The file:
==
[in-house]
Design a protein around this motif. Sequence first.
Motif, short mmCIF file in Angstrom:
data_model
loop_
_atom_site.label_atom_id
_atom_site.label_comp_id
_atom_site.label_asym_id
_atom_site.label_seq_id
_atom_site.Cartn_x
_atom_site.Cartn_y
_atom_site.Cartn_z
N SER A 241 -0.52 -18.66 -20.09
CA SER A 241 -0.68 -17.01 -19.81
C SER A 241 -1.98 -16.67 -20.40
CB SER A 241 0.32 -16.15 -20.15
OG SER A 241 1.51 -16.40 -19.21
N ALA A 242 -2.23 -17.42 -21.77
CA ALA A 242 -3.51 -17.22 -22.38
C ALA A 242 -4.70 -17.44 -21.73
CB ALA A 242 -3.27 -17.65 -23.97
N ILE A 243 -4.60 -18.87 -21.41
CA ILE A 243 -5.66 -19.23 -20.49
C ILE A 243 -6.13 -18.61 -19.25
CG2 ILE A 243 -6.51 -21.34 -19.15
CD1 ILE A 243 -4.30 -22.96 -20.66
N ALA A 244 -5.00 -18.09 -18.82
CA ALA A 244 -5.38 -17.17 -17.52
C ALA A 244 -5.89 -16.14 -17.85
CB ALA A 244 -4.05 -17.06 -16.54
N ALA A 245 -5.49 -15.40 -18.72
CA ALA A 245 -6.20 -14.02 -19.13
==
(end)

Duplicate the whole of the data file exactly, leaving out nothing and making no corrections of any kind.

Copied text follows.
[in-house]
Design a protein around this motif. Sequence first.
Motif, short mmCIF file in Angstrom:
data_model
loop_
_atom_site.label_atom_id
_atom_site.label_comp_id
_atom_site.label_asym_id
_atom_site.label_seq_id
_atom_site.Cartn_x
_atom_site.Cartn_y
_atom_site.Cartn_z
N SER A 241 -0.52 -18.66 -20.09
CA SER A 241 -0.68 -17.01 -19.81
C SER A 241 -1.98 -16.67 -20.40
CB SER A 241 0.32 -16.15 -20.15
OG SER A 241 1.51 -16.40 -19.21
N ALA A 242 -2.23 -17.42 -21.77
CA ALA A 242 -3.51 -17.22 -22.38
C ALA A 242 -4.70 -17.44 -21.73
CB ALA A 242 -3.27 -17.65 -23.97
N ILE A 243 -4.60 -18.87 -21.41
CA ILE A 243 -5.66 -19.23 -20.49
C ILE A 243 -6.13 -18.61 -19.25
CG2 ILE A 243 -6.51 -21.34 -19.15
CD1 ILE A 243 -4.30 -22.96 -20.66
N ALA A 244 -5.00 -18.09 -18.82
CA ALA A 244 -5.38 -17.17 -17.52
C ALA A 244 -5.89 -16.14 -17.85
CB ALA A 244 -4.05 -17.06 -16.54
N ALA A 245 -5.49 -15.40 -18.72
CA ALA A 245 -6.20 -14.02 -19.13